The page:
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Doug Tidwell | Published February 27, 2018
This tutorial shows you how to use Kubernetes secrets to deliver credentials to your application. When you’re done, you’ll be able to deploy far more complicated apps to your cluster. Your apps will be able to access the full power of the IBM Cloud catalog, allowing you to extend your Kubernatorial dominance.
Here’s what you’ll do in this tutorial:
Along the way you’ll also take a look at the Kubernetes dashboard.
As always, we hope you’ll follow along with the exercises here. The goal is for this tutorial to stand on its own, but you can find background on the concepts presented here in the following videos:
You’ll need to have all of these things created, installed, configured, and running by the end of this section:
It’s entirely possible you have all of these things already. However, we include some basic instructions here if you need them. The starting point is the Rameses II chatbot app built in the chatbot videos mentioned above. If you have some other app that uses an IBM Cloud service that requires credentials, by all means use your app instead.
The first step is to clone the github repo at https://github.com/IBM/conversation-simple-k8s:
At a command line, type the following commands:
git clone https://github.com/IBM/conversation-simple-k8s
This code is based on the conversation-simple app built by the Watson conversation team, with a Dockerfile and some YAML and JSON files added for convenience.
Many thanks to the Watson team for developing, sharing, and maintaining this app.
To create an instance of the Watson conversation service, go to the IBM Cloud catalog (visit cloud.ibm.com and click “Catalog” at the top of the page). Type conversation in the search bar. You’ll see the Conversation service in the Watson section:
Click the catalog item to get started. On the next panel you’ll see the name of the new service at the top. You can take the existing name (which will be something like Conversation-n1) or type in something more memorable. Scroll down to the Pricing Plans section and make sure the Lite plan (a.k.a. the “free” plan) is selected:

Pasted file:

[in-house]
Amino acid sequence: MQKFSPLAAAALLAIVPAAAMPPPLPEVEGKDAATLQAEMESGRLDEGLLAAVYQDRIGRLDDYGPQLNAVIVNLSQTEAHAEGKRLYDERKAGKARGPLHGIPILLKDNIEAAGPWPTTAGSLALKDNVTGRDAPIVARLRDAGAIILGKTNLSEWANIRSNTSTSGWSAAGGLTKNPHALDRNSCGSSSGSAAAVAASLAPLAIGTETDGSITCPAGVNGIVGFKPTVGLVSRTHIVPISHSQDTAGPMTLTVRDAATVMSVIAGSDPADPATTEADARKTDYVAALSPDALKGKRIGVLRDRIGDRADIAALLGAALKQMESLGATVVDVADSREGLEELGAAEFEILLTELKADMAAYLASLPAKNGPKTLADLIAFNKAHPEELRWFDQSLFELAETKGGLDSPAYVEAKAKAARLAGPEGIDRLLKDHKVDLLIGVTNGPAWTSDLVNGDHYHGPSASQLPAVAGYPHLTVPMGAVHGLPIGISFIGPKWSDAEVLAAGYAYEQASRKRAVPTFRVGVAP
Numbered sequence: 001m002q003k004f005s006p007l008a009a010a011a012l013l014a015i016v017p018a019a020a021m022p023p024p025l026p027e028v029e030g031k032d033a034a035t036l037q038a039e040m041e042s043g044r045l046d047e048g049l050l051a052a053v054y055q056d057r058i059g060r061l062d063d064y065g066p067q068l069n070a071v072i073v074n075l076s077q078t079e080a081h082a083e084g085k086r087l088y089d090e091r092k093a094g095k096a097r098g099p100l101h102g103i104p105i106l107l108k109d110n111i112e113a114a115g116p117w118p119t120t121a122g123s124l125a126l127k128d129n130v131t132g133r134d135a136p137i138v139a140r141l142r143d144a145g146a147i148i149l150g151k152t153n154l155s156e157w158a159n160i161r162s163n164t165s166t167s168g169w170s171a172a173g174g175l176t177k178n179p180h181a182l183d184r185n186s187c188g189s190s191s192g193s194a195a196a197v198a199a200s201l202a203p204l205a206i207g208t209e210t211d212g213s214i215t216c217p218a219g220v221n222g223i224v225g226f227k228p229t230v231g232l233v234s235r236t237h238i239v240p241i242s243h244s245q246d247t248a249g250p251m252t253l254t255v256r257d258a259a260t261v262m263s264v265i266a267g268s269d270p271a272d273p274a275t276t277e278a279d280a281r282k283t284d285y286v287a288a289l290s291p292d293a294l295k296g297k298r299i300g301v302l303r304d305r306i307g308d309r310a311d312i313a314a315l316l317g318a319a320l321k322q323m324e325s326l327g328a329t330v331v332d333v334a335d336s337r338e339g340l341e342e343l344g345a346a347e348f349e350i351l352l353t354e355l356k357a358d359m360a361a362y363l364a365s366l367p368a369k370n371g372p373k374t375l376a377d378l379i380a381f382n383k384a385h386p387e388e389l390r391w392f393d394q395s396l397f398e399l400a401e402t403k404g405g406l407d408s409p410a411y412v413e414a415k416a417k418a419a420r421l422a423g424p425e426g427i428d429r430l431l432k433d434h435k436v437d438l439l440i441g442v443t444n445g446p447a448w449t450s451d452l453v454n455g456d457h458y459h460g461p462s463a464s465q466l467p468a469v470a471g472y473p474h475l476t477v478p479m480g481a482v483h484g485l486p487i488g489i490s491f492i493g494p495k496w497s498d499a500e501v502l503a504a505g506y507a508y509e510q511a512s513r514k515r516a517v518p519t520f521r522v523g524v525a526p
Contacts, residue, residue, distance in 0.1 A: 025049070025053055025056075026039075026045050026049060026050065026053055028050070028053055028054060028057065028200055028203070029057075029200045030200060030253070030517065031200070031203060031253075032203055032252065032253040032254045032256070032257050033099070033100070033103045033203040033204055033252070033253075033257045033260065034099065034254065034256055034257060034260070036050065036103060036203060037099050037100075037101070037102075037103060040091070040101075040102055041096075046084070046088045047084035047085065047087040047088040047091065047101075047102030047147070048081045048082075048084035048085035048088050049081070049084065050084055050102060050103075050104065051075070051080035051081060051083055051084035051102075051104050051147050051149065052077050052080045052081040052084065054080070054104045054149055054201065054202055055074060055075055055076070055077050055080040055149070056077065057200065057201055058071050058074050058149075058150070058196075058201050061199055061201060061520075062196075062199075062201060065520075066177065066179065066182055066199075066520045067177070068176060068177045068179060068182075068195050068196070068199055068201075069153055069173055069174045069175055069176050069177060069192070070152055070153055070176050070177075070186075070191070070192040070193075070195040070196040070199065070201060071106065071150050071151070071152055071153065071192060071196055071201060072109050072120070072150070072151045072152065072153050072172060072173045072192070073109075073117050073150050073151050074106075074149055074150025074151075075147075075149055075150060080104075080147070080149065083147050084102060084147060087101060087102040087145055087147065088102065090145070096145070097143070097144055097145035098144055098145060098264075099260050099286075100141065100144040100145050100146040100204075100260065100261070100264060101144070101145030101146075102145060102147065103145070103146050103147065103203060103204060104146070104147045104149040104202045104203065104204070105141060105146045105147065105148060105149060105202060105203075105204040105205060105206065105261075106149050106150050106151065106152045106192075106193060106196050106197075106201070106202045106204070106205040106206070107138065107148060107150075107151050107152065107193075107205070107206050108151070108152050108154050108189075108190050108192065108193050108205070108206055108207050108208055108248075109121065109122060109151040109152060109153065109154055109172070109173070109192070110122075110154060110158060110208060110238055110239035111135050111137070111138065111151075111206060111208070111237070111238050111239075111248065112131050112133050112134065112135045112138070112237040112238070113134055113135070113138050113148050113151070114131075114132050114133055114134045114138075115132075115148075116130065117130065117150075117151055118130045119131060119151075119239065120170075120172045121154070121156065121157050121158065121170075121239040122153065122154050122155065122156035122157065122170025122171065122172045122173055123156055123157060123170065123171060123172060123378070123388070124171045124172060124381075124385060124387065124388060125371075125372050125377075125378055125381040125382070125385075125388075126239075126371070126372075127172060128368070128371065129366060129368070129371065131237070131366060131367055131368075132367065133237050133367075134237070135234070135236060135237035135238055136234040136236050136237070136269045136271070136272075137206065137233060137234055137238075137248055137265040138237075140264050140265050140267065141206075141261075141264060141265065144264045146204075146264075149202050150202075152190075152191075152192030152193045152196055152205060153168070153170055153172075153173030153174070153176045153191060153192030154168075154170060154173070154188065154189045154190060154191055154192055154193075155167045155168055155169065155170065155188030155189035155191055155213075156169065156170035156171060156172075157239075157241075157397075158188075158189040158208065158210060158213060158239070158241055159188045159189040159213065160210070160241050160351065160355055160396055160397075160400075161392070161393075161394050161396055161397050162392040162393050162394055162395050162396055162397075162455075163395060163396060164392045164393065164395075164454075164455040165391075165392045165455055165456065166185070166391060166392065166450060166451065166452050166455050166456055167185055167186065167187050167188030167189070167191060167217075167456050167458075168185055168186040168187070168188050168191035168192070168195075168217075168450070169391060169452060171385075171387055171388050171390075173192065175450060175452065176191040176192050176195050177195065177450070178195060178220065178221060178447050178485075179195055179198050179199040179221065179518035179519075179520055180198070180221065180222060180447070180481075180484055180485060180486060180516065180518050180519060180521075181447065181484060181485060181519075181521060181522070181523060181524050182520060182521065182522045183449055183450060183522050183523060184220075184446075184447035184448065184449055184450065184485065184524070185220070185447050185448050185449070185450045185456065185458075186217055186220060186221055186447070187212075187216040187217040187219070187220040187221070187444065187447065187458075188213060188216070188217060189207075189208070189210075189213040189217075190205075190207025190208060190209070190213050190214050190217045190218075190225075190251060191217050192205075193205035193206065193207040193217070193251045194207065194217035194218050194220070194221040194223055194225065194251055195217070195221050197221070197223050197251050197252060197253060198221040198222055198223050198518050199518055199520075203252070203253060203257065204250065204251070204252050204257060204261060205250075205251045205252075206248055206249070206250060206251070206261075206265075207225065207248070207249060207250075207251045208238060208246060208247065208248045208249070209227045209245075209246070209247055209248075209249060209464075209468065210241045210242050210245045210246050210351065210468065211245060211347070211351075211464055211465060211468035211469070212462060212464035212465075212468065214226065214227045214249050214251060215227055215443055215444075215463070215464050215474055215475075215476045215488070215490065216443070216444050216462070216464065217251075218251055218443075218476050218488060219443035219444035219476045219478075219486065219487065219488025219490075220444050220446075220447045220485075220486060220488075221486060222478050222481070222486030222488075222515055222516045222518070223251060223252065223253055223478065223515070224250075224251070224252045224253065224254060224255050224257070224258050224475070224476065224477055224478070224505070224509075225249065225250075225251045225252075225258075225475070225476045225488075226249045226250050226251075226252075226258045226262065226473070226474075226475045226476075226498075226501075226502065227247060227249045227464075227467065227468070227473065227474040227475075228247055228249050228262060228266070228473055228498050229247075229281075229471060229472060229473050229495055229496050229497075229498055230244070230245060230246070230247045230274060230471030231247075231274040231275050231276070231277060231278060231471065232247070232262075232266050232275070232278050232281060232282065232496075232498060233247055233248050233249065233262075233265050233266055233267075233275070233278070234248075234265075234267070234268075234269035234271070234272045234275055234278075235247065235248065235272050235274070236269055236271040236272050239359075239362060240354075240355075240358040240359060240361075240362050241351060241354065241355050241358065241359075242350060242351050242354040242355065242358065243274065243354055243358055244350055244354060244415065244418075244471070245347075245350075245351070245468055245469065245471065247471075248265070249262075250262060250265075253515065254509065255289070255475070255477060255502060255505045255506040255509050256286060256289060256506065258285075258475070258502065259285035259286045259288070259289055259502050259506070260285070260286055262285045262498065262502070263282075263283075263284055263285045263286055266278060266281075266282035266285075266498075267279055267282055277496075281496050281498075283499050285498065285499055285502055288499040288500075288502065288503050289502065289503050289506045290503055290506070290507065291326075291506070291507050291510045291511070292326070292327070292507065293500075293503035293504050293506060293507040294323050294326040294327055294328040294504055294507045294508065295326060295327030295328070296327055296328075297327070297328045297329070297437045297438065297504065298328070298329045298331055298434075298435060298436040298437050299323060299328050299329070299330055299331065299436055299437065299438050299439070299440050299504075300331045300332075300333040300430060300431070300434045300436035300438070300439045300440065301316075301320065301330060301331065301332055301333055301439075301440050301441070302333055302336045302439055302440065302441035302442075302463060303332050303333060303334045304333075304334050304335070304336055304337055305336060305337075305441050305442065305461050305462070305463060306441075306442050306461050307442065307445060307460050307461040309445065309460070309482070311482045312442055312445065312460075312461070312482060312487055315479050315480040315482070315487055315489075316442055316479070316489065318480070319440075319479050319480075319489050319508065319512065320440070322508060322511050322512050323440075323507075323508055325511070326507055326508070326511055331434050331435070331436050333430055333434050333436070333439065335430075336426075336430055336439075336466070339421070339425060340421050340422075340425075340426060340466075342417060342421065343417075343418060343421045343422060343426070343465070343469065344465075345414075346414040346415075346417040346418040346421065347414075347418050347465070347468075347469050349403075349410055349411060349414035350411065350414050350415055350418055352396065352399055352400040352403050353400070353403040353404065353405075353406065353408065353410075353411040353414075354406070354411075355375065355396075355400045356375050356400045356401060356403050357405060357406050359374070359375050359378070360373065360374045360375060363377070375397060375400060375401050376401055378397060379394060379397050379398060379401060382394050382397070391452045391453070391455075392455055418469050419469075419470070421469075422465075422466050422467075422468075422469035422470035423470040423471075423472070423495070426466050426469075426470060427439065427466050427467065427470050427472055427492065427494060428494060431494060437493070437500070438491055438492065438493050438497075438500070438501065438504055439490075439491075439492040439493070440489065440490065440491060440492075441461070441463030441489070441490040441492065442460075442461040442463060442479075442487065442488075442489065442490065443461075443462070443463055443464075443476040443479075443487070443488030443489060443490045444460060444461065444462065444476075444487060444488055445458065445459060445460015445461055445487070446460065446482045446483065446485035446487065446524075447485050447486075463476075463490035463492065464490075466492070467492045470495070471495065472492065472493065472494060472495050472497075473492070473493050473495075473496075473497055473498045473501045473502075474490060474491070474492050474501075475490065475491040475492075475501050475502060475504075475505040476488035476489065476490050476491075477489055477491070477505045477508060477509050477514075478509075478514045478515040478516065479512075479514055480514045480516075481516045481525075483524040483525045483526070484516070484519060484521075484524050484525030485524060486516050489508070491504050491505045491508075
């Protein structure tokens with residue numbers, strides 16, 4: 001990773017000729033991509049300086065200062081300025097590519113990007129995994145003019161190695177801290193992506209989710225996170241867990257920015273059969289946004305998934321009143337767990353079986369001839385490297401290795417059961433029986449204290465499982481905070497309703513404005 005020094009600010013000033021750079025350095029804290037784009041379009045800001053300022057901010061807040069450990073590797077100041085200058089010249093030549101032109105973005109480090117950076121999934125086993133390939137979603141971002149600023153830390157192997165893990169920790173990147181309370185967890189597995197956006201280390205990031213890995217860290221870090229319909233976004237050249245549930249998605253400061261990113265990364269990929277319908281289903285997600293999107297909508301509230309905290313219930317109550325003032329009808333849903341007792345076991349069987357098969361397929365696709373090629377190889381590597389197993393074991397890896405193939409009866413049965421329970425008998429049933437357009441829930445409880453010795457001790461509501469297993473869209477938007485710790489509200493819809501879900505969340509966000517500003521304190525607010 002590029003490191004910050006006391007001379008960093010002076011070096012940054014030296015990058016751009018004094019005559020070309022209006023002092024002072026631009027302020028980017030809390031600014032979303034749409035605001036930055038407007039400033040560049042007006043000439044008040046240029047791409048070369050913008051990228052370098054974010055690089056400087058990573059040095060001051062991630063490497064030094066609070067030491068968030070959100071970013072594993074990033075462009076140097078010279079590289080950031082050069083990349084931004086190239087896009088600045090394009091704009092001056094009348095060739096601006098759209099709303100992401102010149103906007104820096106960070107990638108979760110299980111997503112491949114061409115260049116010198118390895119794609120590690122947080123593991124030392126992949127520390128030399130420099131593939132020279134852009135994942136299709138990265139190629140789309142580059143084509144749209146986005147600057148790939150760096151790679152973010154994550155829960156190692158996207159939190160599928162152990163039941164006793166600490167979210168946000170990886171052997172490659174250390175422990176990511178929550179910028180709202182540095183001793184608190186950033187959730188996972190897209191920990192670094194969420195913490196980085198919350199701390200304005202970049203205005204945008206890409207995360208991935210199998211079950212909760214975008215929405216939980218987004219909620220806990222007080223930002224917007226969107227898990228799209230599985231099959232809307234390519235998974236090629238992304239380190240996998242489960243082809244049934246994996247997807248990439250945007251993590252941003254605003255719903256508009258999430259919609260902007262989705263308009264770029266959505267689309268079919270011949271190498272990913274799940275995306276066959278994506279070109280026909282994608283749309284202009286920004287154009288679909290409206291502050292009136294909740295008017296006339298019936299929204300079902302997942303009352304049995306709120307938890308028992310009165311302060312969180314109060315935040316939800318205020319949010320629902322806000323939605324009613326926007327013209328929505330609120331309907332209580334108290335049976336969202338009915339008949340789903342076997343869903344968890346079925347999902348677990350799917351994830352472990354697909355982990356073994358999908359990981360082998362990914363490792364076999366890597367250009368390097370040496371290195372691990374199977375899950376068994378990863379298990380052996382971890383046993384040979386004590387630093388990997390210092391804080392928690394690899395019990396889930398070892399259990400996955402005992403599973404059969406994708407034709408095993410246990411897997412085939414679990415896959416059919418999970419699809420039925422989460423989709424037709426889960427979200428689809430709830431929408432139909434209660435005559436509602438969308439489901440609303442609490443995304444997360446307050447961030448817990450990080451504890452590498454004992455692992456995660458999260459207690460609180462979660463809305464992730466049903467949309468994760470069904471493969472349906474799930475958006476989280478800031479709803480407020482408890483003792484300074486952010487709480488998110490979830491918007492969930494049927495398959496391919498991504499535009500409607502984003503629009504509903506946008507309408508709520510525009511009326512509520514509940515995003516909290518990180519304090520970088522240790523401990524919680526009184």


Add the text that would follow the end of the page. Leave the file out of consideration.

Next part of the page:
Click Create to create your new conversation service. When the service is created, click the Launch tool button to open the workspace:
(Notice that the conversation service is named dwtv-convo instead of the far less memorable Conversation-n1.)
You’ll see the Workspaces panel:
Now import all of the intents, entities, and dialogs for the chatbot from the file RoyalValet.json in the repo you cloned earlier. In your workspace, click the Import icon:
Select the file from your machine, make sure the Import Everything radio button is checked, then click Import:
This adds to your workspace a complete chatbot named Royal Valet.
You’ve probably done most of these already, but make sure you go through the following steps:
bx plugin install container-registry -r "IBM Cloud"
bx plugin install container-service -r "IBM Cloud"
bx cr login
bx cr namespace-add [name]
The repo you cloned has a Dockerfile (and a .dockerignore file too, for that matter) to make it easy to create a Docker image from the code. First, make sure the Docker runtime is running on your machine. How you do that depends on your platform, so see the Docker documentation if you need details.
With Docker running, type the following command in the conversation-simple-k8s directory:
-t registry.ng.bluemix.net/[your namespace]/conversation:v1
Note that the ng part of the registry name will be different depending IBM Cloud data center you’re using. For example, if your cluster is in Germany, that part of the registry name will be eu-de. (Keep that in mind whenever you see ng in the rest of this article.) The namespace here is the namespace you created with the bx cr namespace-add command earlier.
bx cr namespace-add
Finally, be sure to include the period at the end of the command; that tells Docker to look for the Dockerfile in the current directory. The start of the build looks like this:
When the build finishes, run the following command to push it into your container registry in the IBM Cloud:
You’ll see something like this: